German historian: our culture of remembrance omits Poles

German historian: our culture of remembrance omits Poles. “The boundaries between victims and perpetrators are being blurred”

The Germans are proud of their culture of remembrance, but in fact the memory of Nazi crimes is superficial and incomplete – says German historian Stephan Lehnstaedt.

In the material published in the Tuesday edition of the “Tagesspiegel” journal, Lehnstaedt writes that German politicians show pride in the German culture of remembrance and in the critical approach to their own history, but a closer look raises the suspicion that their attitude “costs a little and helps them to gain the political capital” .

German memorial sites are experiencing record numbers of visitors, and at the same time funding for these places leaves a lot to be desired – emphasizes the historian. Lehnstaedt critically assesses recent changes in school programs, where there is less and less information about the Third Reich and German crimes. “Students visit historic places without preparation and confuse, for example, state security Stasi (in the GDR) with the SS (in Nazi Germany).

The historian notes that the problem doesn’t apply only to students. Education programs for teachers do not sufficiently address the years 1933-1945.

Among the negative occurrences that have recently intensified, the historian mentions the blurring of the borders between the victims and the perpetrators. He refers to a report from scientists from the University of Bielefeld, published a few weeks ago, which shows that 18 percent Germans believe that during the Third Reich their ancestors helped the victims. In fact, the percentage was 1000 times smaller.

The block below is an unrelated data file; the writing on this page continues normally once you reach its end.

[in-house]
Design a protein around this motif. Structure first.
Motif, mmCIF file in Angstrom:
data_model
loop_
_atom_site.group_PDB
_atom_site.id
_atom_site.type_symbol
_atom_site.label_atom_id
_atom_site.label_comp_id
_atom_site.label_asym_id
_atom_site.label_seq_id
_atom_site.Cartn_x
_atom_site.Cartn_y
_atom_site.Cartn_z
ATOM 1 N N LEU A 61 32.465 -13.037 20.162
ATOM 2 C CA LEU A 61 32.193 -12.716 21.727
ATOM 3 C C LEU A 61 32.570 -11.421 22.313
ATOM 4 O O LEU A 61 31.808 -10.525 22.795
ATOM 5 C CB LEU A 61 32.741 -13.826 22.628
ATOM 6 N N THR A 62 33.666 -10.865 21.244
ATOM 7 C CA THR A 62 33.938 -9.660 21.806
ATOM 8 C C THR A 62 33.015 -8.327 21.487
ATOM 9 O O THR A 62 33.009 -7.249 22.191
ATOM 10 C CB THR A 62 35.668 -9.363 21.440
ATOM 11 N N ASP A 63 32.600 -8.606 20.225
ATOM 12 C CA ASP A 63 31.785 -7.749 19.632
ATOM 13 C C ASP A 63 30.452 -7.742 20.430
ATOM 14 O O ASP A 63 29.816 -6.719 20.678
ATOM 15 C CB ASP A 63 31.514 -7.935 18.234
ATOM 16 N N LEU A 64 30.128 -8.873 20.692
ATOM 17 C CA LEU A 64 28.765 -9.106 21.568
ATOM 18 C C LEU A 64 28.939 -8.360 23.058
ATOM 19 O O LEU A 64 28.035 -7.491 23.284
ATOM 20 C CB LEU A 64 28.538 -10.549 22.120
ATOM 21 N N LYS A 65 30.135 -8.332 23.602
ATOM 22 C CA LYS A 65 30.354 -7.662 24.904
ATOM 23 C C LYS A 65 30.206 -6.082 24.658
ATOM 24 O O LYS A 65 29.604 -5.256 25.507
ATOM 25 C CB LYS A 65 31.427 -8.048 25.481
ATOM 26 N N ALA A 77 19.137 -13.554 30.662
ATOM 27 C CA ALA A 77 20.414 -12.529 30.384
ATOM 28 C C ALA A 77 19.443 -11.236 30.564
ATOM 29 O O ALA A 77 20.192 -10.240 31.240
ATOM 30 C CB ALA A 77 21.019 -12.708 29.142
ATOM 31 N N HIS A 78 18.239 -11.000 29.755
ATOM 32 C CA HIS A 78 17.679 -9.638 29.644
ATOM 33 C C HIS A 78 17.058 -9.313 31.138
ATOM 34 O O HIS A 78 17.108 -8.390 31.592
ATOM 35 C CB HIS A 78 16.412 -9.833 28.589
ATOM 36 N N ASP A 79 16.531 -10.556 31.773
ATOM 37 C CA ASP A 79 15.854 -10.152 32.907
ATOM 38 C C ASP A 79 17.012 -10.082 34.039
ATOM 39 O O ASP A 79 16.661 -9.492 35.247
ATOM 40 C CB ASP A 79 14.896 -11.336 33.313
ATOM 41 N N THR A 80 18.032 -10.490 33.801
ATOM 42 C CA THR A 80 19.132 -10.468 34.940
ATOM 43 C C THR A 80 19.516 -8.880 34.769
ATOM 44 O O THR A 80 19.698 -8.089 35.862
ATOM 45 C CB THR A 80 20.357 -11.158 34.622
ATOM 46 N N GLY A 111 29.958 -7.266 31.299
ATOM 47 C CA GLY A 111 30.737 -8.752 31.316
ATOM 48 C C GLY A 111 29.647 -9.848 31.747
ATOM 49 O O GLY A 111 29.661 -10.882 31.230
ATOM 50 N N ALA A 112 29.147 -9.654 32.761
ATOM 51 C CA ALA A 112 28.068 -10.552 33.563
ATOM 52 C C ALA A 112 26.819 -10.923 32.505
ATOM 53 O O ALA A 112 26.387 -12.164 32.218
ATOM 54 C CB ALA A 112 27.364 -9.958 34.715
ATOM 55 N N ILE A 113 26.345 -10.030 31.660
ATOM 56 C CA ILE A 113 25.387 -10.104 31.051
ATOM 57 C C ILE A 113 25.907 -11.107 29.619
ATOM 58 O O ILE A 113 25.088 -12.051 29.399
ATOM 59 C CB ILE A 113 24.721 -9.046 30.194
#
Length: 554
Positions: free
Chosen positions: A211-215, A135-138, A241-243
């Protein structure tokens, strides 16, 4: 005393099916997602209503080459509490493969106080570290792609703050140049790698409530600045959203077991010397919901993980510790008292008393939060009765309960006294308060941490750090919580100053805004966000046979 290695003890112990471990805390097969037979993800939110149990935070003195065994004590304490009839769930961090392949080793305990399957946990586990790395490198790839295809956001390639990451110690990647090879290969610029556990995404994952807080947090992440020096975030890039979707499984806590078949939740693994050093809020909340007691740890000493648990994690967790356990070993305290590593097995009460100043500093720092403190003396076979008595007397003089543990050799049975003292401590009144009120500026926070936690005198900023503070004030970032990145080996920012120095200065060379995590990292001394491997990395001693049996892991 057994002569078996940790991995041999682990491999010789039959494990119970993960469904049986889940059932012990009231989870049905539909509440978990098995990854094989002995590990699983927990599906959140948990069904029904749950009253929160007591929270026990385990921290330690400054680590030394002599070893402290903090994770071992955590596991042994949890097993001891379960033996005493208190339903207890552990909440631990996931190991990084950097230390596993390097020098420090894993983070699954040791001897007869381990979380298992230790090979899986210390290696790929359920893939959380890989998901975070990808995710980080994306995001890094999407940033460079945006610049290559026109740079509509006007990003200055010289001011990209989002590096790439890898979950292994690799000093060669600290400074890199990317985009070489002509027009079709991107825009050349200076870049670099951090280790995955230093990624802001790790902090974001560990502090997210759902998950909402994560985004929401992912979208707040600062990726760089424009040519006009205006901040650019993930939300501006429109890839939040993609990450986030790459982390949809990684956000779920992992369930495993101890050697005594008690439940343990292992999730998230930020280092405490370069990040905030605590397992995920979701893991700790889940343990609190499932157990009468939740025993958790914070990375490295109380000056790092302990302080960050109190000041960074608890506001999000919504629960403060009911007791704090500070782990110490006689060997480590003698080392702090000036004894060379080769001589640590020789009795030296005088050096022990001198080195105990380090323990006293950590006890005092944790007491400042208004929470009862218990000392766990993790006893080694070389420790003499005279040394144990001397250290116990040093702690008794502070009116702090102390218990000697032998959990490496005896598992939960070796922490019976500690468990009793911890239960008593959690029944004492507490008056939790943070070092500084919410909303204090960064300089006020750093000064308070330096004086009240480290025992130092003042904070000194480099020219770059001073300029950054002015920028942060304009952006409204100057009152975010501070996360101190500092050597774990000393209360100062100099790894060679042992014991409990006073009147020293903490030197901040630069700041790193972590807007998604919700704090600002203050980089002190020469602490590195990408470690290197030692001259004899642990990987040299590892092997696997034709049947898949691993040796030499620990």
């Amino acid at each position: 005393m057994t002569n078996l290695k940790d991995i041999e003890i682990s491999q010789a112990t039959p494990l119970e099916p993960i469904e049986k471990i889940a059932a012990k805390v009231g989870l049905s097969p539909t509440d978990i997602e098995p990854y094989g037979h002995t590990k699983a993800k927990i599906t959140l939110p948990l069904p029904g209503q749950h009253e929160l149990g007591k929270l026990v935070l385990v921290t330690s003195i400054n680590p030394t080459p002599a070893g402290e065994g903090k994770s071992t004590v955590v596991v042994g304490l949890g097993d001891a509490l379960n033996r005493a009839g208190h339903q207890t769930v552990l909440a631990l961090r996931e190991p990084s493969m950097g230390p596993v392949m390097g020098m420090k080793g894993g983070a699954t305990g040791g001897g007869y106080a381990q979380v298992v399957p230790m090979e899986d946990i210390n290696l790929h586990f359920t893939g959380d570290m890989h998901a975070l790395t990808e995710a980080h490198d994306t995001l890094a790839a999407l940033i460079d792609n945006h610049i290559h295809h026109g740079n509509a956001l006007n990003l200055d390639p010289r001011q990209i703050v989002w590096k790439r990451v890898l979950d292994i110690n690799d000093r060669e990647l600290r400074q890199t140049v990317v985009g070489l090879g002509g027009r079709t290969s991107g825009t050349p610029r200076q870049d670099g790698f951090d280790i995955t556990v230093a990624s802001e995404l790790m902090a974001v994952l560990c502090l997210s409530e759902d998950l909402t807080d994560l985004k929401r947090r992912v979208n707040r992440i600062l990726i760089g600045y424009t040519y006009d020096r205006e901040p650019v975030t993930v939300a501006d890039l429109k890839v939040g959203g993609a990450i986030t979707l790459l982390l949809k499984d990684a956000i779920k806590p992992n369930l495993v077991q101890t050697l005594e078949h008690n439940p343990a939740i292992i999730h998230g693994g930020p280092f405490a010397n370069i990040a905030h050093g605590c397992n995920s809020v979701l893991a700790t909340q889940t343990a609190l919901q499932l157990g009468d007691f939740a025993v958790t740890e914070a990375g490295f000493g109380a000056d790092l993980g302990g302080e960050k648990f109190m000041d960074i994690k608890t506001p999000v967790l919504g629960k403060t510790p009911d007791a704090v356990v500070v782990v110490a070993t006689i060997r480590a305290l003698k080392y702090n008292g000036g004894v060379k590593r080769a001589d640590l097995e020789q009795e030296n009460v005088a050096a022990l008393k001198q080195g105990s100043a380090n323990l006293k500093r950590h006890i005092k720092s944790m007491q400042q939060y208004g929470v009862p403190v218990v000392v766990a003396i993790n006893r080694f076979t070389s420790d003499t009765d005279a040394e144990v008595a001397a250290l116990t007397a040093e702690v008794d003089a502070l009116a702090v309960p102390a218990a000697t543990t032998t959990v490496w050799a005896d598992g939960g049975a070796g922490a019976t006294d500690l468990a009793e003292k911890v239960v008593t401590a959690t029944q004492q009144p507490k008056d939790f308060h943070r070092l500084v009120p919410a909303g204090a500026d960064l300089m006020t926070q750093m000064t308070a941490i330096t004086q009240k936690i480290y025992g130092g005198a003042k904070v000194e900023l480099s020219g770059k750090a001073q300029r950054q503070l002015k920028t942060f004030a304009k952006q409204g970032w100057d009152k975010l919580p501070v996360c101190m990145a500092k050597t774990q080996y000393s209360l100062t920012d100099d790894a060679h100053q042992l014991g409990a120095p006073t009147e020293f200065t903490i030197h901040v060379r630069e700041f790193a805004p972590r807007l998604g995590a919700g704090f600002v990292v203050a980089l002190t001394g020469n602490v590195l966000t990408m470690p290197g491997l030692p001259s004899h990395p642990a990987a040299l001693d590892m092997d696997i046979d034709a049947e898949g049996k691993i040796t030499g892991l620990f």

Lehnstaedt notes that even more grotesque, in his opinion, is the view expressed by 54 percent. survey participants believing, that their relatives were victims of the Second World War.

This is only possible if the victims were killed German soldiers. Such an approach blurs the border between the victims and the perpetrators and it means a return to the theory of unwanted war and of Germans being seduced by Hitler, which was popular in the 1950s – he explains. In his opinion, the German “narration of memory” is limited to the Holocaust.

Some groups of victims are mentioned marginally only, others are completely absent. Almost no one speaks about ethnic Poles, about Soviet prisoners of war or about non-Jewish civilians from some of the Soviet republics – all murdered by Germans,  we read in “Tagesspiegl”. Too little is said, according to him, that in occupied Europe only ethnic Germans, who supported national socialism, did not have to fear reprisals. As he points out, the “forgotten victims” are actually millions of people.

The places of their death are almost exclusively in Eastern Europe, which means that they are “out of sight, out of mind” for Germans – says Lehnstaedt and points out that only the Auschwitz and Yad Vashem museums receive regular funds from the German budget. The German extermination camp sites located now in Poland: Bełżec, Sobibór and Treblinka, and associated with Operation Reinhardt, in which German perpetrators murdered 1.8 million Jews, are only supported by way of exception and with minimal sums.

Image: Monte Cassino, Lieutenant colonel Stanisław Gliński, commander of the 4th Polish Armoured Regiment “Scorpio” visits a buildup of tanks. Polish soldiers played a crucial role in the defeat of German forces in the Battle of Monte Cassino. Author: Tadeusz Szymański. Source: Polish National Digital Archive.

The Polish review of the material published in the “Tagesspiegel” is accessible here.